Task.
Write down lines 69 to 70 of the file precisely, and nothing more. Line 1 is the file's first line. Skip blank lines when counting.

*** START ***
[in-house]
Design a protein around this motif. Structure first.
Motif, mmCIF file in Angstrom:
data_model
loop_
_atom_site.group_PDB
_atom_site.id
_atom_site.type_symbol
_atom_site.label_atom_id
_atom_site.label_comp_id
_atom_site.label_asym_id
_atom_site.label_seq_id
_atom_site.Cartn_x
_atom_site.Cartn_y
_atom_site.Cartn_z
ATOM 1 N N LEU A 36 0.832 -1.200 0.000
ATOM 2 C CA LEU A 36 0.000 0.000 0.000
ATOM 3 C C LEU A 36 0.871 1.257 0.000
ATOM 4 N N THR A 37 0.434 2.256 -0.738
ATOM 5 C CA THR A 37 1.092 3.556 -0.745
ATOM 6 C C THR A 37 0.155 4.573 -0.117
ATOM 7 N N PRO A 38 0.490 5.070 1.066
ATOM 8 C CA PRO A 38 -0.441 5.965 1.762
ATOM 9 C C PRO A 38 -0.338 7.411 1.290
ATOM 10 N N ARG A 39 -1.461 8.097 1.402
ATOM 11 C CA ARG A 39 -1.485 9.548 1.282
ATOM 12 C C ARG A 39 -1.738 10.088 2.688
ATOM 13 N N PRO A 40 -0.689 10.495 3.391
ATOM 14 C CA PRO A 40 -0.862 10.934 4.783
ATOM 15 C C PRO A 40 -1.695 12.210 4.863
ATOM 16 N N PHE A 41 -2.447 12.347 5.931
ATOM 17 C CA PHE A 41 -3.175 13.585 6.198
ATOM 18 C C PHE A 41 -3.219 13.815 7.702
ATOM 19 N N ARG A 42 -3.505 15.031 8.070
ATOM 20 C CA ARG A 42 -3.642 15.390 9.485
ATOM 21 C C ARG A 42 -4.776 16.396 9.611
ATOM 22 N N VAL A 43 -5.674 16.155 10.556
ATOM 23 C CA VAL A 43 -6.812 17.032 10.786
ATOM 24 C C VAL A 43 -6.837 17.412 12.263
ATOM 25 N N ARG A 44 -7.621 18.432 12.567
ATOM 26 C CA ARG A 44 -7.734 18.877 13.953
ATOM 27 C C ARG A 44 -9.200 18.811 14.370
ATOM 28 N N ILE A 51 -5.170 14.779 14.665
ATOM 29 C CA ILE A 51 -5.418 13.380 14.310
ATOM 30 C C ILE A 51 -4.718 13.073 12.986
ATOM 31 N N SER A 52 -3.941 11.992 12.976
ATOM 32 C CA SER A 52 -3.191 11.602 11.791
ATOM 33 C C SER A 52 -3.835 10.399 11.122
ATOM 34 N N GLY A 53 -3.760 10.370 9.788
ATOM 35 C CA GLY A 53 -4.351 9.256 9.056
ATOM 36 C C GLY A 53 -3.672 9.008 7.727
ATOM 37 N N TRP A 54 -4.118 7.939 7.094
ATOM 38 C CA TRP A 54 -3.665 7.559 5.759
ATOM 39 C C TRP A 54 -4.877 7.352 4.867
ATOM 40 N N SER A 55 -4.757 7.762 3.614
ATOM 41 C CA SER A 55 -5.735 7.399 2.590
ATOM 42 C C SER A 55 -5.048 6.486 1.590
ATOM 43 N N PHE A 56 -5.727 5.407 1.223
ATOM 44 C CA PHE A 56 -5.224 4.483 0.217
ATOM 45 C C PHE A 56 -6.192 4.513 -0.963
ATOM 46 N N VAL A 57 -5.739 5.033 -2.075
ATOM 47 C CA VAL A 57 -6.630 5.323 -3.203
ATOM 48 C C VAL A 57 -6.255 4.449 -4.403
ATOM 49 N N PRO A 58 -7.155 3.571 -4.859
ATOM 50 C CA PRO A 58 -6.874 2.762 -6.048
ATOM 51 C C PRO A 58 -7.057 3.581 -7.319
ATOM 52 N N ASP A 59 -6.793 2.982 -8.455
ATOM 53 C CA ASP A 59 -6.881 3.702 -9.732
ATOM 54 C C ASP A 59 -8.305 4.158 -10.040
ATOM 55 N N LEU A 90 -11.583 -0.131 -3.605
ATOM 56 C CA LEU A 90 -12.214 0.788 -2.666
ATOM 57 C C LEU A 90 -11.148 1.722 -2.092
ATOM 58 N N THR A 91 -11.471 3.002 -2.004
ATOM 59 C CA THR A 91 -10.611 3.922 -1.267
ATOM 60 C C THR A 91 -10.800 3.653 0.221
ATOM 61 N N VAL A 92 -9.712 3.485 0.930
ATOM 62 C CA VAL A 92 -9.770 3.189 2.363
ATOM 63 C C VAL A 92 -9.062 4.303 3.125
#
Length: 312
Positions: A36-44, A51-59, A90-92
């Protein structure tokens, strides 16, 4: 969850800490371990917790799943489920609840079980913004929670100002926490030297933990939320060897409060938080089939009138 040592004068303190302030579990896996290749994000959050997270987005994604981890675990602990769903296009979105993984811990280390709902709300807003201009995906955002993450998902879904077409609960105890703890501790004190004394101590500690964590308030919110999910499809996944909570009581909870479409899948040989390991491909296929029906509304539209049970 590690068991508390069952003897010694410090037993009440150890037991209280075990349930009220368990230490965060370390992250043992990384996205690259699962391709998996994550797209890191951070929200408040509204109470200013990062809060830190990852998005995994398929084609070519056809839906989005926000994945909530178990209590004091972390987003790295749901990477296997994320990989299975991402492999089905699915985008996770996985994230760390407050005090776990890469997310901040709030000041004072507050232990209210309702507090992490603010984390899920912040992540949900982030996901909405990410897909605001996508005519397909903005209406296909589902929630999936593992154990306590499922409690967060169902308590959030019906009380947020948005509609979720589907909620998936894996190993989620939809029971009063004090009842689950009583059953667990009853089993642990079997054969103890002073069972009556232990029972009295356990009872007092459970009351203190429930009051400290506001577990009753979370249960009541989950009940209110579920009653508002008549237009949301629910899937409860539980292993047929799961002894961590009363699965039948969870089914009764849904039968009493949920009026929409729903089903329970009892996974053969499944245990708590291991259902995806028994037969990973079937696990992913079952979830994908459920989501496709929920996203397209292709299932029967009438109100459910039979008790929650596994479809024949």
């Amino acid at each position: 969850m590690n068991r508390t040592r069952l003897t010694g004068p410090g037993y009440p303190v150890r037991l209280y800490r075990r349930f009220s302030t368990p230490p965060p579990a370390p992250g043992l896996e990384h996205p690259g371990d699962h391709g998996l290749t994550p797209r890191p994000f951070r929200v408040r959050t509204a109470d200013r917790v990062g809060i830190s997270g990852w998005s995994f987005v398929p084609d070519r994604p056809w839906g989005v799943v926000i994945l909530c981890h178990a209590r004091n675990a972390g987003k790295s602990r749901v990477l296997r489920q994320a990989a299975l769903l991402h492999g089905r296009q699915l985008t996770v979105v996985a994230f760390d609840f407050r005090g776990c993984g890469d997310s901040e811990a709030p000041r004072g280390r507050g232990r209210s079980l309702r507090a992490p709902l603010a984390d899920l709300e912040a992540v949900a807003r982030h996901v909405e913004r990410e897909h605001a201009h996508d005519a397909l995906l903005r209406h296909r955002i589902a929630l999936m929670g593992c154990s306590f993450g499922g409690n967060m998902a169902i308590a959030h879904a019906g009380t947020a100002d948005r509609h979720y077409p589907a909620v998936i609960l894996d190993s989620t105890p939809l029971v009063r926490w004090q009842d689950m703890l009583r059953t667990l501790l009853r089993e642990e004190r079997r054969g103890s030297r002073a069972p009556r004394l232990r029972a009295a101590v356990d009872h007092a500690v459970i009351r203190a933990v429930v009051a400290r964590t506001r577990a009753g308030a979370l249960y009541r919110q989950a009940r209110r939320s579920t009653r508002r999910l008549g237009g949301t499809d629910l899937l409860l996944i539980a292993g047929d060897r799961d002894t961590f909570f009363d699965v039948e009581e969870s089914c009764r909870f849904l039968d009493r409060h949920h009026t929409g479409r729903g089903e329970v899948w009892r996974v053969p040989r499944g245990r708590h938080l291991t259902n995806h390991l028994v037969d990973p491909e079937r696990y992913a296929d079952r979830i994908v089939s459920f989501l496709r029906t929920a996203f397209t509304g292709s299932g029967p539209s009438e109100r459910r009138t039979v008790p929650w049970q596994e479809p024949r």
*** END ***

ATOM 54 C C ASP A 59 -8.305 4.158 -10.040
ATOM 55 N N LEU A 90 -11.583 -0.131 -3.605